Christabel Pankhurst was four years older than me when she interrupted a Liberal Party meeting to shout about the voting rights of women. Yet at twenty years old, it’s taken until the last six months for me to develop a genuine interest in politics. I remember asking my Dad to explain things to me during the last general election, intent on sounding infinitely more sophisticated if I could reel off phrases like ‘hung-parliament’ or ‘welfare state’. Since then I’ve spent nearly three years at a university that helped foster the women’s suffrage movement, accidentally launched an international feminist campaign and experienced the politically-fuelled chaos of twitter warfare. Looking back, these were probably pretty strong ingredients to convert me from an ignorant young person who pays no attention to the political sphere. My recent education has not only come just in time but has also made me determined to see more young and particularly female voters at the polls this May.
As part of Women’s History Month (March), I’ve also been lucky enough to host Professor June Purvis and Kate Willoughby at Royal Holloway. The difference between the talks given to us by these two women, is what struck me as particularly powerful. June is a renowned historian specialising in research on women’s suffrage, having written a critically acclaimed biography of Emmeline Pankhurst. Speaking to a room of students at Royal Holloway of all places, she still managed to stun us with a fabulously articulate hour-long education on the suffragette movement. You can’t help but find your emotions stirred, especially as a privileged, white woman in modern day England, when hearing about individuals like Kitty Marion who was force fed 332 times until she begged for poison. Force-feeding was one of the most horrific things suffragettes experienced, being arrested even for peaceful protest and hunger striking in prison as an attempt to continue the fight. When I asked June to sum up why it’s important for young women to vote, she said this; ‘Young women should vote in the forthcoming general election since votes for women was hard won, particularly by the suffragettes who endured violence, even when engaging in peaceful political protest, and the torture of being forcibly fed when on hunger strike for their political rights. To not vote is to say to all those women who campaigned so hard for the political rights we enjoy today that their efforts do not matter. They do matter. We women must make our democratic voice heard, through the ballot box.’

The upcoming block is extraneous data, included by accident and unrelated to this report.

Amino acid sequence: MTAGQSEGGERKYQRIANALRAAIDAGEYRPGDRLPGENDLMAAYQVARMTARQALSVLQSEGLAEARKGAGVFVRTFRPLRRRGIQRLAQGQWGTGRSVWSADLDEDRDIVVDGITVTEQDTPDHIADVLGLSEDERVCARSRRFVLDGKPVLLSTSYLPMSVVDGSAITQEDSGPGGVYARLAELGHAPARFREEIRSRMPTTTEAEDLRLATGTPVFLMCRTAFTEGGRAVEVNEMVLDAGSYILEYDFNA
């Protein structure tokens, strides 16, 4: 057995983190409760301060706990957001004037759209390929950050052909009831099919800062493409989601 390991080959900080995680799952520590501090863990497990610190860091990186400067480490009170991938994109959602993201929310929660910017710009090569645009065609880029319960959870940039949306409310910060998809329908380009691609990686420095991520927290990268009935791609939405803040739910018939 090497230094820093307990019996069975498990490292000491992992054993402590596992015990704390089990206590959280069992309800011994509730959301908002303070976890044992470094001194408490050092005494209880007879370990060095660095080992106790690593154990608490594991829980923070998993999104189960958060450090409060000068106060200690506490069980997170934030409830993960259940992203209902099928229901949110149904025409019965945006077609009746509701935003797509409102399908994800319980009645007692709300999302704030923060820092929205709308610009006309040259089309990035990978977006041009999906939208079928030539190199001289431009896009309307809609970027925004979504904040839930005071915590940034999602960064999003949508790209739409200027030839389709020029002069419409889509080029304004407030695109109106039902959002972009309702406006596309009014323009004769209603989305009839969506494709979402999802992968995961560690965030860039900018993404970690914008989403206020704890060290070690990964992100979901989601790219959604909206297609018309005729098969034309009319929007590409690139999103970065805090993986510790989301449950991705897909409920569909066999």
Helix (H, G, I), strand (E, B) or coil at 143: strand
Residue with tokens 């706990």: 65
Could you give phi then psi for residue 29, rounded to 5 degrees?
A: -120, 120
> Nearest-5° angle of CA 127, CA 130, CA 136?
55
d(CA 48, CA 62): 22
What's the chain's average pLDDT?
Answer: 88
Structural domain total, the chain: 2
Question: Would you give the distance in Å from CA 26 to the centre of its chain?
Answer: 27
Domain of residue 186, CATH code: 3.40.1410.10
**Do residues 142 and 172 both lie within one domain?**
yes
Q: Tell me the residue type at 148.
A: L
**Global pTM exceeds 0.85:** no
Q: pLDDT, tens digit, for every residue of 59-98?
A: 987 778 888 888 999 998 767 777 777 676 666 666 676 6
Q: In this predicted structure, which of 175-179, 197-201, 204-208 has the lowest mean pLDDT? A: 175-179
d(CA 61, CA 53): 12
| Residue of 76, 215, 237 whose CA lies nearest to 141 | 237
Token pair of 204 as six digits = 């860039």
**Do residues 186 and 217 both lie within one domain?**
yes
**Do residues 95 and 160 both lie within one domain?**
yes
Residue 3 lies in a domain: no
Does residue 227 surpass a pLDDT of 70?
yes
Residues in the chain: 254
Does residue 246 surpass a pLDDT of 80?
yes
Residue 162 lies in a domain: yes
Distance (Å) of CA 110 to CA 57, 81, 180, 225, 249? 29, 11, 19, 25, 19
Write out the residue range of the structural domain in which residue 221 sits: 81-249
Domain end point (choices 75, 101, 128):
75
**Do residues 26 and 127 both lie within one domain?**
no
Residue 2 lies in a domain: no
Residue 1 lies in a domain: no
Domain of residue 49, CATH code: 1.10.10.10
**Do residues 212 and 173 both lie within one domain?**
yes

But as if June’s talk in itself wasn’t moving enough, about two weeks after our education on the hardships suffragettes experienced, we listened to Kate Willoughby, the founder of the immensely popular #Emilymatters campaign. The campaign has nearly two thousand followers on twitter, with support from the House of Commons and Charities like Women’s Aid; Kate works incredibly hard to encourage young people and particularly women to vote and the fact that her work is so necessary says everything. You’d really think, that considering the many turbulent years of campaigning for women’s suffrage, it wouldn’t be so hard to get female votes today. When asked the same question as I asked June, her response was this: “Don’t let anyone silence you or make you feel that your vote doesn’t matter. It does. Suffragette Emily Davison was once a student like you. She believed, as I do, that you have every right to be heard, to be equal. Our democracy is far from perfect, but if you decide not to vote, it won’t get any better, in fact it will only get worse. By registering online and then voting, not only will you be doing Emily proud, you’ll also send a message loud and clear to the next government that young women matter. And the more of you who vote, the more that government will have to listen. #Votingmatters”. It was enormously inspiring to see such passionate belief in the fact that the vote of today’s women is crucial, from a respected and well known historian and the founder of a very current campaign. It told me everything, to see that so much hard work went into securing the vote, but work is still necessary to sustain its power.